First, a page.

Editor’s note: Jerry Brown is Executive Chairman of the Bulletin of the Atomic Scientists and served four terms as Governor of California from 1975 to 1983 and from 2011 to 2019. Sharon Squassoni is Co-Chair of the Bulletin of the Board of Science and Safety of Atomic Scientists and Professor of research at the George Washington University Elliott School of International Affairs Institute for International Science and Technology Policy. Daniel Holz is co-chair of the Bulletin of the Board of Science and Safety of Atomic Scientists and a professor at the University of Chicago, the Enrico Fermi Institute, and the Kavli Institute for Cosmological Physics. The opinions expressed in this comment are my own. See more opinions on CNN.
Today, due in no small part to the growing dangers of the reckless Russian invasion of the Ukraine, the Bulletin of the Board of Science and Safety of Atomic Scientists moved the hands of the Doomsday Clock closer to midnight than ever before. It marks the first change in three years to Clock time; it is now 90 seconds to midnight.
Never in the 76-year history of the Doomsday Clock have we come so close to a global catastrophe.
Founded by Albert Einstein and the University of Chicago scientists who developed the first atomic weapons, the Clock is a universally recognized indicator of the world’s profound vulnerability to nuclear weapons, climate change and disruptive technologies. The closer the Clock is set to midnight, the greater the existential danger.
As the war in Ukraine moves into its second year, the world is at its most dangerous moment. Tens of thousands of people, many innocent civilians, have been killed. There is no obvious solution to the conflict in sight.
This is in stark contrast to the goodwill and mutual understanding that followed the fall of the Soviet Union, when Russia joined the United States and Great Britain and solemnly declared that they would “respect the independence and sovereignty and existing borders of Ukraine” and “they would refrain from the threat or use of force against the territorial integrity or political independence of Ukraine.” A historic deal was made. In exchange, Ukraine gave up its nuclear arsenal, then the third largest in the world, and became a signatory to the landmark Nuclear Non-Proliferation Treaty.
Russia blatantly violated its commitments in 2014 when it invaded eastern Ukraine and annexed Crimea. Now, it has launched a full-scale military invasion of the country, with Russian President Vladimir Putin even threatening the use of nuclear weapons. These unprecedented threats, against the backdrop of brutal and unpredictable warfare, raise the terrifying possibility of nuclear weapons being used for the first time since 1945, whether by accident, some miscalculation, or even a deliberate decision by Putin himself.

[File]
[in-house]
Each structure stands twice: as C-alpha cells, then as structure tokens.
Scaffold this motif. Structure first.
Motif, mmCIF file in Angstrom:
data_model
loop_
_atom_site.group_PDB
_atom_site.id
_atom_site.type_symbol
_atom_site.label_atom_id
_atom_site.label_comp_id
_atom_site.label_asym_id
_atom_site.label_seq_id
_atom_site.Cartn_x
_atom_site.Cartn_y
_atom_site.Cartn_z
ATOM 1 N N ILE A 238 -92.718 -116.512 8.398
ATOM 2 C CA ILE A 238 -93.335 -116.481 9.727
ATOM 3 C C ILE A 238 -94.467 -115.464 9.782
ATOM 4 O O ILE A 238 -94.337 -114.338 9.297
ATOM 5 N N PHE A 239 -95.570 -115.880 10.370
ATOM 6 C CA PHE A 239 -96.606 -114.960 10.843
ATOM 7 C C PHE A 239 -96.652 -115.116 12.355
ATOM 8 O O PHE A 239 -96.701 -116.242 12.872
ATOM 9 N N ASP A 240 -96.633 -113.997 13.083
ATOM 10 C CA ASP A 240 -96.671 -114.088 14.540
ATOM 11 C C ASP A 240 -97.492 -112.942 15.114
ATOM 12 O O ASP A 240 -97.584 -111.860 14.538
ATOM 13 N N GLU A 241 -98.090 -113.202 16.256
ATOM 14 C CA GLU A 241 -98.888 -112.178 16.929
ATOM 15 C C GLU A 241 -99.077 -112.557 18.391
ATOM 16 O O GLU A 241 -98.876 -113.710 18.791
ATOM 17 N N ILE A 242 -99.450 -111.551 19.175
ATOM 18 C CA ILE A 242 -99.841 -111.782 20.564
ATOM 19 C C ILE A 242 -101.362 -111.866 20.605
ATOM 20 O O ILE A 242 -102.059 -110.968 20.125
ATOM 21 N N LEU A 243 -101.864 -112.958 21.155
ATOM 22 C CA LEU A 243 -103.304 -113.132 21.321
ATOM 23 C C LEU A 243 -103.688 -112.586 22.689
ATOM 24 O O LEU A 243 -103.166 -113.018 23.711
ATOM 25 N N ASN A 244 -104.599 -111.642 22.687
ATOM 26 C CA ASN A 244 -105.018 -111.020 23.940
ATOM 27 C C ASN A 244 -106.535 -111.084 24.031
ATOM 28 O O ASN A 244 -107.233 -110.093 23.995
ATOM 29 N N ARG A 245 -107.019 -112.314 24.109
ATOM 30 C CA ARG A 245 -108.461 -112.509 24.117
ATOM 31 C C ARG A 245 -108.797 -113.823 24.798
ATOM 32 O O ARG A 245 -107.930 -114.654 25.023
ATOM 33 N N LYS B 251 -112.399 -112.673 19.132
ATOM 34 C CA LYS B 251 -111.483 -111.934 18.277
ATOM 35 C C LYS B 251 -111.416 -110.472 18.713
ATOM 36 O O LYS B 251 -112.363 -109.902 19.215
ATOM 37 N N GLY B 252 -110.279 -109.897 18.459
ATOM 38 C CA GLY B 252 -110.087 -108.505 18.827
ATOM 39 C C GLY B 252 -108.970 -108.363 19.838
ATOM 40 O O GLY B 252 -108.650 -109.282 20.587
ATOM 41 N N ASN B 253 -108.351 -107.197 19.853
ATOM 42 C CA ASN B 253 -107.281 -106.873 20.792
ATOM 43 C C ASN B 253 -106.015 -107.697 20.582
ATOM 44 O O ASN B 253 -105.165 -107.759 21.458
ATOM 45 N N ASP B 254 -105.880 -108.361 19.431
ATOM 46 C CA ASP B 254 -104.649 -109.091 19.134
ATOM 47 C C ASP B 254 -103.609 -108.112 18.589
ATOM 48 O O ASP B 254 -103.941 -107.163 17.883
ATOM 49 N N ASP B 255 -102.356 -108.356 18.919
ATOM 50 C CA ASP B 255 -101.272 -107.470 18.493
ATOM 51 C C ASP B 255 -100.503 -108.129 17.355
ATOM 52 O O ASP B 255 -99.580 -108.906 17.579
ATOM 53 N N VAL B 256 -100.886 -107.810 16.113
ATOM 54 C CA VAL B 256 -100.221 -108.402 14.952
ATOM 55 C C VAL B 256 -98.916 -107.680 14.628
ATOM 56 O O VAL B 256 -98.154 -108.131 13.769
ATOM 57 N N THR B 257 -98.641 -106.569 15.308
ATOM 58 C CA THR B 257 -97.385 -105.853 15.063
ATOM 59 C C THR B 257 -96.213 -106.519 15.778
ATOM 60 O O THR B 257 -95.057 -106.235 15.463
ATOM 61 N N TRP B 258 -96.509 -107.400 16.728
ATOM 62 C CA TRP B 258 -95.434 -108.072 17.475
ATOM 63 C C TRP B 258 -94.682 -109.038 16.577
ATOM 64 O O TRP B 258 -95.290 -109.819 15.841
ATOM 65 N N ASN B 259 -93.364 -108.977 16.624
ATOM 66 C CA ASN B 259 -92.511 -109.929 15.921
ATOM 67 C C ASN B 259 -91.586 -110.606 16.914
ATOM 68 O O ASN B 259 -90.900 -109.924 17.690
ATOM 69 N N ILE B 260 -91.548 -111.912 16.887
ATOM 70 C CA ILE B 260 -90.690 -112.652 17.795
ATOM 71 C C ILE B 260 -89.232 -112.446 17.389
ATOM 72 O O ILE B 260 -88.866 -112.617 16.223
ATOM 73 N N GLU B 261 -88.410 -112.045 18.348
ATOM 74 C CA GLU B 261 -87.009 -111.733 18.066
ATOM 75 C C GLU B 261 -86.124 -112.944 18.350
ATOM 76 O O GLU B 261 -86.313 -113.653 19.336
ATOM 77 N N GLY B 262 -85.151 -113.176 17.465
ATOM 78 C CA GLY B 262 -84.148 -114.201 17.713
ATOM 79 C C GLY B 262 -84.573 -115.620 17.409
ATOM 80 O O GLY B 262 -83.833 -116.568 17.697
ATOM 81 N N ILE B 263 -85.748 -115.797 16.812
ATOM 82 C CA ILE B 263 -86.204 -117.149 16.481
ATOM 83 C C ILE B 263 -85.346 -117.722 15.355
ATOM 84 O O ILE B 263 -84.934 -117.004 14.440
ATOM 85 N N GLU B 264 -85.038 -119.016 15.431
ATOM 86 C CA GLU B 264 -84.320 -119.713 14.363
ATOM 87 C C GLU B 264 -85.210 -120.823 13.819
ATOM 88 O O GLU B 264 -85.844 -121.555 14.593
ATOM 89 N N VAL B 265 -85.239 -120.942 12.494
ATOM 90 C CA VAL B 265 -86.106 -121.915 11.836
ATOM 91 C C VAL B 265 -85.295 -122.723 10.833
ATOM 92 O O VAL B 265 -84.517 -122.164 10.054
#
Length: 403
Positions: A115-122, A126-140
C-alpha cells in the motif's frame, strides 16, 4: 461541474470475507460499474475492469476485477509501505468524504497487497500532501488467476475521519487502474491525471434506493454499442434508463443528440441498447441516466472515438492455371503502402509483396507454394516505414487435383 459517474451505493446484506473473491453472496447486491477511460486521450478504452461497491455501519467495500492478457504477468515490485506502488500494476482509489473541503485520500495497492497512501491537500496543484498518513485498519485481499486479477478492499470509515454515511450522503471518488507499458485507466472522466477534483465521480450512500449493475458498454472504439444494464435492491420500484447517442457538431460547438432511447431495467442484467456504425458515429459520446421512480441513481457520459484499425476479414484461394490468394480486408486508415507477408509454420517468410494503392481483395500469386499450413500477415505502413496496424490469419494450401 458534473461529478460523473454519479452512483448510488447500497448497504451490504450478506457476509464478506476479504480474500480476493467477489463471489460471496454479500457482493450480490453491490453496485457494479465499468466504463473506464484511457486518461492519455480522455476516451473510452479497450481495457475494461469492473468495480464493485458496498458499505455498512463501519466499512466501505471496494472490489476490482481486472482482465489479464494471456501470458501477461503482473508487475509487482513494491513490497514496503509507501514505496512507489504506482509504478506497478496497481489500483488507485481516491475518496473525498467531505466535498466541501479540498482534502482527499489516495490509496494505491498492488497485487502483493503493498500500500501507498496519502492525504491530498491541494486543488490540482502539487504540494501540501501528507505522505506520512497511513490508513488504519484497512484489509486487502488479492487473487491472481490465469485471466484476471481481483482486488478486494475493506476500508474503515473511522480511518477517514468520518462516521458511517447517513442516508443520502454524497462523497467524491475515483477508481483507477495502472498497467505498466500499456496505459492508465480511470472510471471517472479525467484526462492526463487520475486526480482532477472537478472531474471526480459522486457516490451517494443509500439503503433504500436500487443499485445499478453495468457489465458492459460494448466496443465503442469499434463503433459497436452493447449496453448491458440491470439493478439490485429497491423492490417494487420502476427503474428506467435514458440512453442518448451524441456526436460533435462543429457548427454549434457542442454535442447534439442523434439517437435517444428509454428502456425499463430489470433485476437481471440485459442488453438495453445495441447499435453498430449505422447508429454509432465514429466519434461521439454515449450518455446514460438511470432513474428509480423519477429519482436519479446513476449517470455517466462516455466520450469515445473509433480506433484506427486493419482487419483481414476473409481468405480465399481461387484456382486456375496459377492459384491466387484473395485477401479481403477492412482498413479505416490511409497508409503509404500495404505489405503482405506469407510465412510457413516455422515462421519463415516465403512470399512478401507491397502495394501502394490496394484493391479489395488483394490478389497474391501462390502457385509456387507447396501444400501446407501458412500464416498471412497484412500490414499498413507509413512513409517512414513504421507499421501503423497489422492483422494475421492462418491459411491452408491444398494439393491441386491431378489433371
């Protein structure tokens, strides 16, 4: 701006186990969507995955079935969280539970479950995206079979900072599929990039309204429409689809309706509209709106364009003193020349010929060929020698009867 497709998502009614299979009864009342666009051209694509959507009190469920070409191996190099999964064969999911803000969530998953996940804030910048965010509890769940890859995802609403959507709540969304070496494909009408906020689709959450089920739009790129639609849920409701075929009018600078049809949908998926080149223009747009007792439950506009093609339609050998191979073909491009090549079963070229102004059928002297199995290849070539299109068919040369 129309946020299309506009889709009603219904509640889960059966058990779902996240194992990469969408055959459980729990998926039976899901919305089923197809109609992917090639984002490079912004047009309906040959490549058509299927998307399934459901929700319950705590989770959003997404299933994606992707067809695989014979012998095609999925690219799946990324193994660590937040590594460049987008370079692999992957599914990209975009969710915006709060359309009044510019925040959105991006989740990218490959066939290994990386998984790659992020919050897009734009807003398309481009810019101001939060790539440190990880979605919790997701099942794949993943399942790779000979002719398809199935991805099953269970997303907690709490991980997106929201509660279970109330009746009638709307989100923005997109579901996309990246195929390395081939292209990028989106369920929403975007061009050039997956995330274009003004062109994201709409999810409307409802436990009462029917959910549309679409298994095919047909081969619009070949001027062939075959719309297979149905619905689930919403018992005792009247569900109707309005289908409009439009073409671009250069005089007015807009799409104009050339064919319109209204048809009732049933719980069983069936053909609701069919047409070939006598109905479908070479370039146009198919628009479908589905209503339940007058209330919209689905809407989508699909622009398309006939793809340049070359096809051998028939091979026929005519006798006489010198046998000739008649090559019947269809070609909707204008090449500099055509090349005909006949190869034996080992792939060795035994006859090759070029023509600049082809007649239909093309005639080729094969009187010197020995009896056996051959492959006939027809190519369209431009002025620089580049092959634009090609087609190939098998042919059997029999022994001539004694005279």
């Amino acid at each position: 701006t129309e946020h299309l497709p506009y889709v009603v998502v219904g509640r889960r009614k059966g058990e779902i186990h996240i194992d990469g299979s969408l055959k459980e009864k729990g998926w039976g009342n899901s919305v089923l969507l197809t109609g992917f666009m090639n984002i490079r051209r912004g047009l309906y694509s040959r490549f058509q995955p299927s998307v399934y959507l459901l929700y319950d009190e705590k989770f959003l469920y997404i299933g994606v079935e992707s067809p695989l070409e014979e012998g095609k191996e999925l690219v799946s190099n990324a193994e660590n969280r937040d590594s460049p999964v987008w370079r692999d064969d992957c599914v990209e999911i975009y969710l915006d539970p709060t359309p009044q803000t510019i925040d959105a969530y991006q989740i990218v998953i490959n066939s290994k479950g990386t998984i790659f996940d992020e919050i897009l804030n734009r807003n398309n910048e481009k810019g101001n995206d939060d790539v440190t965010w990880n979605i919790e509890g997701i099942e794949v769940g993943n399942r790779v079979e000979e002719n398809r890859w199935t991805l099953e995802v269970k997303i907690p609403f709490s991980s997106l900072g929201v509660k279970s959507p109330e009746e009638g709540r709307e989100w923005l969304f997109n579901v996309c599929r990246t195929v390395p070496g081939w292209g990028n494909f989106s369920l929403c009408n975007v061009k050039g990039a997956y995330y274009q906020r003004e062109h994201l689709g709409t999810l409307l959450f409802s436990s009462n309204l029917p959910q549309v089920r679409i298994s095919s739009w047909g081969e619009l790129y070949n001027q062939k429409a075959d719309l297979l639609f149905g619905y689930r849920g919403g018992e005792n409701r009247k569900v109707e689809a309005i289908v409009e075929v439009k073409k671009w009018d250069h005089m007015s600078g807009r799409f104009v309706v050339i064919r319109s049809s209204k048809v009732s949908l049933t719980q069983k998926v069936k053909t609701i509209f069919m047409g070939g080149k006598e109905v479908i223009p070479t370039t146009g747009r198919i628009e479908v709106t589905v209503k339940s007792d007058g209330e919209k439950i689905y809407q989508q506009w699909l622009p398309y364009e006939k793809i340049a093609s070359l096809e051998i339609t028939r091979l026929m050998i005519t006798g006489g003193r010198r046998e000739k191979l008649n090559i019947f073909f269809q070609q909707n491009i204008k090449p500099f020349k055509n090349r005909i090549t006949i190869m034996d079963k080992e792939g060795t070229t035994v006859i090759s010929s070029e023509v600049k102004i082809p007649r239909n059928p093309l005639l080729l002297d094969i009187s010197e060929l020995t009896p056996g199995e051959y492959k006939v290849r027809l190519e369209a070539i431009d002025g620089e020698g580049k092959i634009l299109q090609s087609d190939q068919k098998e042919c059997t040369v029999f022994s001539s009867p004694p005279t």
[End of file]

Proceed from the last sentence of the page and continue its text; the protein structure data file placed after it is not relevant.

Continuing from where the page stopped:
Disturbingly, Russia has taken its war even to the Chernobyl and Zaporizhzhia nuclear reactor sites, violating international protocols and risking the widespread release of radioactive materials. Efforts by the International Atomic Energy Agency to secure the plants have so far been rebuffed and the threat of disaster remains.
Underscoring the heightened danger, United Nations Secretary-General António Guterres recently warned that the world is now entering “a time of nuclear danger not seen since the height of the Cold War.” He was speaking at a UN conference on the Nuclear Non-Proliferation Treaty, now undermined as a result of Russia breaking its promise to respect Ukraine’s sovereignty.
The only remaining nuclear weapons treaty between the US and Russia, New START, is also in jeopardy. Unless the two sides resume negotiations and find a solid foundation for further arms reductions, the treaty will expire in 2026. This would eliminate current mutual inspections, end limits on nuclear deployments, and likely spur a nuclear arms race. unpredictable and unstable amid the development of increasingly advanced weapons. This will further deepen mistrust, perhaps irreversibly, and increase the likelihood of nuclear war.
While these threats are immediate and dire, there are others. Countries in both Asia and the Middle East are talking about building nuclear arsenals. Tensions are rising between the United States and China.
At the same time, the world is increasing its use of fossil fuels and emitting heat-trapping greenhouse gases. Covid-19 is still killing large numbers of people and mutating in dangerous new ways, with future pandemics almost certain. As science advances, so do threats, both in biosecurity and disruptive technologies.
If ever there was a time for world leaders to take action to turn back the clock, it is now. Until then, it’s 90 seconds to midnight.